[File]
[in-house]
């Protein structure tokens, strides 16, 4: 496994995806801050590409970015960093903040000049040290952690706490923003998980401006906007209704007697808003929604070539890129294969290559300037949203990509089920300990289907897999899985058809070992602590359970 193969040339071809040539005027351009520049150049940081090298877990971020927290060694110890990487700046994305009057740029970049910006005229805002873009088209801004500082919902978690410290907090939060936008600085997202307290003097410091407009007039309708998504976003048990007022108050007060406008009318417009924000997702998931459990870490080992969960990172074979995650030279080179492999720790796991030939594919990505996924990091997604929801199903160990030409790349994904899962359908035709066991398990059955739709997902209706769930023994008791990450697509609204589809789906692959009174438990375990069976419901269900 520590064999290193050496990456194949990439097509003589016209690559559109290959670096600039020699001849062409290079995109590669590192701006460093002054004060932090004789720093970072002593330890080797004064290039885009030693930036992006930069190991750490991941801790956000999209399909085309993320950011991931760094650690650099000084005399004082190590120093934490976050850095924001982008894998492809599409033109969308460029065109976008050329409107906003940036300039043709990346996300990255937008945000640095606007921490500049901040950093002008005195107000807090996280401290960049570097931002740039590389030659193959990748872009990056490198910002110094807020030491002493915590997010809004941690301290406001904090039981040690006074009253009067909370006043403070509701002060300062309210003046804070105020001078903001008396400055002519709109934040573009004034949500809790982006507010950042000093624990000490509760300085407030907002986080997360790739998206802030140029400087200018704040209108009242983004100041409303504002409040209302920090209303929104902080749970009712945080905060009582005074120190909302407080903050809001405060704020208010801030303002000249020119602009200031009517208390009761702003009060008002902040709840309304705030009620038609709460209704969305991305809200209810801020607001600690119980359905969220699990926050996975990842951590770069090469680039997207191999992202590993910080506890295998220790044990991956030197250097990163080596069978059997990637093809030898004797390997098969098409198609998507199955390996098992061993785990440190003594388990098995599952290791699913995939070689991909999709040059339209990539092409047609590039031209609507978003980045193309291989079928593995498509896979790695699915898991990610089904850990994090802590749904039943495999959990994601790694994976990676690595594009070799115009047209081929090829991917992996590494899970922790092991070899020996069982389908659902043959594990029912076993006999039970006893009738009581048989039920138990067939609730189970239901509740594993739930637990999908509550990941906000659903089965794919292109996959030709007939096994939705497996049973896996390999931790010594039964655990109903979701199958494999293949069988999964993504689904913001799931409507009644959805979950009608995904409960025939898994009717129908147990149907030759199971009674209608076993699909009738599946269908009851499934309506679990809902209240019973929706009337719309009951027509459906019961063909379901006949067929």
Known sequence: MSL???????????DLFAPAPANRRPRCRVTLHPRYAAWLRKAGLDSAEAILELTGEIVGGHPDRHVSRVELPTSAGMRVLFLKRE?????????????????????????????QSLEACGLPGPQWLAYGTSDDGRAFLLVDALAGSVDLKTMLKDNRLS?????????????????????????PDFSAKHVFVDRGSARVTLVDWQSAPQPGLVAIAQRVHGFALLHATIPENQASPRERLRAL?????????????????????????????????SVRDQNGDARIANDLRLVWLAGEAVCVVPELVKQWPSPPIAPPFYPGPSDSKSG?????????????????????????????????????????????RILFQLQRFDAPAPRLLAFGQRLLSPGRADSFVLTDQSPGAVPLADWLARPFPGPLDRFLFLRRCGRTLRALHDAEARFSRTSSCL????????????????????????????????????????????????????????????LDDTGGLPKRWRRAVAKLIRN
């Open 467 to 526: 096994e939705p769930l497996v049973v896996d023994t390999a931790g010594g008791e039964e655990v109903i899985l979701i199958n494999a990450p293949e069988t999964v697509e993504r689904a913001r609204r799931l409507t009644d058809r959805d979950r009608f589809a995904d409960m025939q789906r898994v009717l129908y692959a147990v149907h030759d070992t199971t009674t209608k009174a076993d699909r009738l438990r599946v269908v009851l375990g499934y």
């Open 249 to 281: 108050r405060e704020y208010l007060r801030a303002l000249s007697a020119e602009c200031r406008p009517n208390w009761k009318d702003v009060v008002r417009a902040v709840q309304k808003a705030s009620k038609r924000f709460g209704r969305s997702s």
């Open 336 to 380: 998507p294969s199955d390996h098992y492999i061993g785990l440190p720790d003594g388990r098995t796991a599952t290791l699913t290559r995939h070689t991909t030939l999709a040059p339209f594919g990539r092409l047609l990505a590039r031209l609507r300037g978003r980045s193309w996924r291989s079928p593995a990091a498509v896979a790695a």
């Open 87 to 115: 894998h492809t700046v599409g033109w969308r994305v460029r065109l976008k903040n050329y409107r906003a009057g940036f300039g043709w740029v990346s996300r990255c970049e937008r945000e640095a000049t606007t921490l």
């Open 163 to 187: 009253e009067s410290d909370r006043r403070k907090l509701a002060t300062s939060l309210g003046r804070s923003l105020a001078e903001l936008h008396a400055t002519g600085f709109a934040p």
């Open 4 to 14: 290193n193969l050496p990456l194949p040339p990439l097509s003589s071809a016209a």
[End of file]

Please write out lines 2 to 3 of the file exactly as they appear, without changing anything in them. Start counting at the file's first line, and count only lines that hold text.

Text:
């Protein structure tokens, strides 16, 4: 496994995806801050590409970015960093903040000049040290952690706490923003998980401006906007209704007697808003929604070539890129294969290559300037949203990509089920300990289907897999899985058809070992602590359970 193969040339071809040539005027351009520049150049940081090298877990971020927290060694110890990487700046994305009057740029970049910006005229805002873009088209801004500082919902978690410290907090939060936008600085997202307290003097410091407009007039309708998504976003048990007022108050007060406008009318417009924000997702998931459990870490080992969960990172074979995650030279080179492999720790796991030939594919990505996924990091997604929801199903160990030409790349994904899962359908035709066991398990059955739709997902209706769930023994008791990450697509609204589809789906692959009174438990375990069976419901269900 520590064999290193050496990456194949990439097509003589016209690559559109290959670096600039020699001849062409290079995109590669590192701006460093002054004060932090004789720093970072002593330890080797004064290039885009030693930036992006930069190991750490991941801790956000999209399909085309993320950011991931760094650690650099000084005399004082190590120093934490976050850095924001982008894998492809599409033109969308460029065109976008050329409107906003940036300039043709990346996300990255937008945000640095606007921490500049901040950093002008005195107000807090996280401290960049570097931002740039590389030659193959990748872009990056490198910002110094807020030491002493915590997010809004941690301290406001904090039981040690006074009253009067909370006043403070509701002060300062309210003046804070105020001078903001008396400055002519709109934040573009004034949500809790982006507010950042000093624990000490509760300085407030907002986080997360790739998206802030140029400087200018704040209108009242983004100041409303504002409040209302920090209303929104902080749970009712945080905060009582005074120190909302407080903050809001405060704020208010801030303002000249020119602009200031009517208390009761702003009060008002902040709840309304705030009620038609709460209704969305991305809200209810801020607001600690119980359905969220699990926050996975990842951590770069090469680039997207191999992202590993910080506890295998220790044990991956030197250097990163080596069978059997990637093809030898004797390997098969098409198609998507199955390996098992061993785990440190003594388990098995599952290791699913995939070689991909999709040059339209990539092409047609590039031209609507978003980045193309291989079928593995498509896979790695699915898991990610089904850990994090802590749904039943495999959990994601790694994976990676690595594009070799115009047209081929090829991917992996590494899970922790092991070899020996069982389908659902043959594990029912076993006999039970006893009738009581048989039920138990067939609730189970239901509740594993739930637990999908509550990941906000659903089965794919292109996959030709007939096994939705497996049973896996390999931790010594039964655990109903979701199958494999293949069988999964993504689904913001799931409507009644959805979950009608995904409960025939898994009717129908147990149907030759199971009674209608076993699909009738599946269908009851499934309506679990809902209240019973929706009337719309009951027509459906019961063909379901006949067929």
Known sequence: MSL???????????DLFAPAPANRRPRCRVTLHPRYAAWLRKAGLDSAEAILELTGEIVGGHPDRHVSRVELPTSAGMRVLFLKRE?????????????????????????????QSLEACGLPGPQWLAYGTSDDGRAFLLVDALAGSVDLKTMLKDNRLS?????????????????????????PDFSAKHVFVDRGSARVTLVDWQSAPQPGLVAIAQRVHGFALLHATIPENQASPRERLRAL?????????????????????????????????SVRDQNGDARIANDLRLVWLAGEAVCVVPELVKQWPSPPIAPPFYPGPSDSKSG?????????????????????????????????????????????RILFQLQRFDAPAPRLLAFGQRLLSPGRADSFVLTDQSPGAVPLADWLARPFPGPLDRFLFLRRCGRTLRALHDAEARFSRTSSCL????????????????????????????????????????????????????????????LDDTGGLPKRWRRAVAKLIRN